Keto is ‘unnecessary’ – why ‘demonising carbs is old news’

We use your sign-up to provide content in ways you’ve consented to and to improve our understanding of you. This may include adverts from us and 3rd parties based on our understanding. You can unsubscribe at any time. More info

Losing weight does not have to be a miserable experience where you cut out carbs completely in order to achieve ketosis – a state in which the body burns fats instead of carbohydrates as its main fuel source. Personal trainer and fitness expert Matt Hodges spoke exclusively to about why carbs are not the enemy.

Many of us will be trying to slim down this month in order to look and feel fantastic in our favourite Christmas dresses.

And there is a world of information online about how to do this, such as the ultra-popular keto diet, which involves eating less than 50g of carbohydrates per day.

But according to expert Matt, “no carbs before Marbs” is a limited idea in the weight loss school of thought.

He told “I think it’s quite widely known now that demonising carbs is old news.

“Carbohydrates are an essential macronutrient and fall in line with a healthy balanced diet alongside protein and fat.”

Indeed, The Dietary Guidelines for Americans recommended that carbohydrates make up 45 percent to 65 percent of total daily calories.

If you’re a woman consuming around 2,000 calories (the NHS’ recommendation) per day, between 900 and 1,300 calories should be from carbohydrates – between 225 and 325 grams of carbs a day.

Matt continued: “Reducing the amount of carbs in your meals is just another way of reducing overall calories which equates to losing weight/fat.

“Now, carbs are more readily available, and more delicious than protein and fats which is why most people over-consume them.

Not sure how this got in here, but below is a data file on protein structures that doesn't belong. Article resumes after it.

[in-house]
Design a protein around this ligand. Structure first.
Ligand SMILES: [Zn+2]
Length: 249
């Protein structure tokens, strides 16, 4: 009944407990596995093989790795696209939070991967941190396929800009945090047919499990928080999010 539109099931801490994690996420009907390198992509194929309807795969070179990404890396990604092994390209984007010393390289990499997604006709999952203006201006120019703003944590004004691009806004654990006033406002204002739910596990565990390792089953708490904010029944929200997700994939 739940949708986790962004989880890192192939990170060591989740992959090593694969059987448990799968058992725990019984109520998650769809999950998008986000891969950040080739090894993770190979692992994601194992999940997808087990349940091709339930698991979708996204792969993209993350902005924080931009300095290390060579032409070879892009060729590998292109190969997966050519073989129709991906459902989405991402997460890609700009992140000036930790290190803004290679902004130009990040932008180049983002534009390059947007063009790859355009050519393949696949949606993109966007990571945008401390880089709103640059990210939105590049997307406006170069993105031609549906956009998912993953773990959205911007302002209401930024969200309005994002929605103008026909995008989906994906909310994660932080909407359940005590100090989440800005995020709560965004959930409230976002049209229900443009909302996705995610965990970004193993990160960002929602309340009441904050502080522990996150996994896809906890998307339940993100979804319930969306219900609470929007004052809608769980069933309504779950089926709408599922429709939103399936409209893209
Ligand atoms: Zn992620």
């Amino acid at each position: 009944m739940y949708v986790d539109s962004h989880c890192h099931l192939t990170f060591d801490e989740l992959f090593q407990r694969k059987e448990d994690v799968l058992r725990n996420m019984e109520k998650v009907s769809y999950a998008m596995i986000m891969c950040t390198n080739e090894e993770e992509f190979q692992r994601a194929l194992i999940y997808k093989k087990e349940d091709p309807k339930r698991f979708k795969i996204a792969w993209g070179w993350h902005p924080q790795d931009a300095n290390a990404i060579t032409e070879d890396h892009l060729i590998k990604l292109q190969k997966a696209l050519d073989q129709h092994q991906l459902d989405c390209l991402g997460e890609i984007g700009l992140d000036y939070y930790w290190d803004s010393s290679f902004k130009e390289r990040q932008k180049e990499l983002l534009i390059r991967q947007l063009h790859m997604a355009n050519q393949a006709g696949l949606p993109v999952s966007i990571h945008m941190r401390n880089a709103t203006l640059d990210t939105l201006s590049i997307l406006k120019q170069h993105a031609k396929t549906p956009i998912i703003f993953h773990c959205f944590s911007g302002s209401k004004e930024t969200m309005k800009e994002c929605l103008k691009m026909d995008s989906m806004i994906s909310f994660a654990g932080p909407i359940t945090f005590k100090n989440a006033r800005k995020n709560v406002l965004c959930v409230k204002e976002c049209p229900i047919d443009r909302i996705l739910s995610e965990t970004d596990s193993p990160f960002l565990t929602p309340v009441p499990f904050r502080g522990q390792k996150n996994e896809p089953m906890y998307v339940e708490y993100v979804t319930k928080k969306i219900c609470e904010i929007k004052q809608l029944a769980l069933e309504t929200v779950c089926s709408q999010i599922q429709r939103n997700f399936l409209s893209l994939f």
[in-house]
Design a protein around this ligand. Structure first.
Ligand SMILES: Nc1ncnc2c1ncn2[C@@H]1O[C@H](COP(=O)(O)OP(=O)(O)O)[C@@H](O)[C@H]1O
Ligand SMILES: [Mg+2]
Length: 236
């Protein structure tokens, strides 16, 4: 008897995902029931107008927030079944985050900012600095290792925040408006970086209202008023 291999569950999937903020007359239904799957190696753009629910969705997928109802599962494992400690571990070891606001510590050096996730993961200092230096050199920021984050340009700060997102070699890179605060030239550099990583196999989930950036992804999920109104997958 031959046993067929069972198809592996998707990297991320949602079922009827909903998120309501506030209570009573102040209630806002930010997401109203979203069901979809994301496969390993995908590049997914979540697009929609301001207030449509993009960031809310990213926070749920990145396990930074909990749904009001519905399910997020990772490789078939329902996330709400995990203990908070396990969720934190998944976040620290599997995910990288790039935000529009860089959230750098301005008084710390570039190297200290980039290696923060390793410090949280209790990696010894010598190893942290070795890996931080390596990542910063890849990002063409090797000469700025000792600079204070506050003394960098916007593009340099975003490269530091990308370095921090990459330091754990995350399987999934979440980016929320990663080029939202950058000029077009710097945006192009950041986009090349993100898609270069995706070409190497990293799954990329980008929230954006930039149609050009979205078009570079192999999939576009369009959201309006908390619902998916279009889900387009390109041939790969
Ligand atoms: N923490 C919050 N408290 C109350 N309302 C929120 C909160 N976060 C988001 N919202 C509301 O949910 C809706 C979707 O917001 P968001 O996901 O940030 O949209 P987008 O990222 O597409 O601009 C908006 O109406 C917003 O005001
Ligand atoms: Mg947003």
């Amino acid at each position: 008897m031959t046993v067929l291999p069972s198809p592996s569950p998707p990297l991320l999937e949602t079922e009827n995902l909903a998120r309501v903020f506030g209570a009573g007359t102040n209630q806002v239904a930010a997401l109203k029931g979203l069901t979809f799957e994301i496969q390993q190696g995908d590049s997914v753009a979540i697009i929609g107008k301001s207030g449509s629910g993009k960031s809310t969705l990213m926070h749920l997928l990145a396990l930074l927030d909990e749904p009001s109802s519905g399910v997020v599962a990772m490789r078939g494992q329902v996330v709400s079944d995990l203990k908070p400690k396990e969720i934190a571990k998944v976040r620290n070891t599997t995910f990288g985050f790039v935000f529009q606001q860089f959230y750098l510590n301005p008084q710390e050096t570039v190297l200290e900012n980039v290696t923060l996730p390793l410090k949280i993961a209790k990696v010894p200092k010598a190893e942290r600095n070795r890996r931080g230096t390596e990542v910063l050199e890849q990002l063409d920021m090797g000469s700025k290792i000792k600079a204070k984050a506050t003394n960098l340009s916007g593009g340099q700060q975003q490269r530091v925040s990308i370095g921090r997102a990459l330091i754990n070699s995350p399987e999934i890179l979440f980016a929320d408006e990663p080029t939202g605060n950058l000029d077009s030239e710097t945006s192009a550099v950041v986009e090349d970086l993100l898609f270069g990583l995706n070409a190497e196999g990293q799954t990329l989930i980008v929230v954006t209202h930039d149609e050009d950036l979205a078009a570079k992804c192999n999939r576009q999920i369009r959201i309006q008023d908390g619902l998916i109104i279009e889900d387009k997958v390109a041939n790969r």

“So logically, by reducing your carbs, you are going to lose weight. But to reduce them to zero like ketogenic dieting does, in my view, is unnecessary, and for some, unhealthy.”

Because the body is supposed to eat carbs, a no or low-carb diet might actually not be a good fit long-term.

The expert said: “More to the point, it is also quite unsustainable and will lead to further issues later down the line. The phrase might be catchy, but the philosophy has its flaws.”

Of course, there are some carbohydrates that are healthier than others. Wholegrain varieties such as wholemeal bread have more health benefits than refined ones, such as white bread.

Harvard published a guide for getting enough healthy carbs, recommending wholemeal bread, brown rice, quinoa, whole fruits and beans.

Matt’s next tip was to be mindful of not just what you’re eating but when you’re eating it. He stated: “The regularity of meals is essential for muscle gain and fat loss.

Again, this is another myth that was purported in the 80s and 90s by pro bodybuilders who tend to eat every two to three hours.

“This idea that eating in these intervals would help you build more muscle and burn more fat because you’re ‘keeping the engine running’ is a misconception.

“It is one of these myths that is born out of context. Pro bodybuilders eat, sleep, train, repeat. Kevin in accounting sleeps, eats, works, works, works, eats, sleeps.”

According to Matt, eating at your standard breakfast, lunch and dinner times will help you keep the weight off more easily than if you eat little and often throughout the day.

“Eating at these sort of intervals will probably only lead to a much higher calorie consumption (aka grazing) in the day and also, more importantly, give way to disordered eating.

“Imagine not being able to go into a meeting, or go and pick your kids up from school because you have to chow down half a turkey and a bit of rice? No thanks. Understanding and knowing how many calories you need per day is the only thing that regular Joes like us need to think about.”

Fitness expert Matt Hodges is the author of Behind Gym Doors, a deep-dive into the world of personal training, complete with weird and wonderful anecdotes about the industry and the people in it.

Source: Read Full Article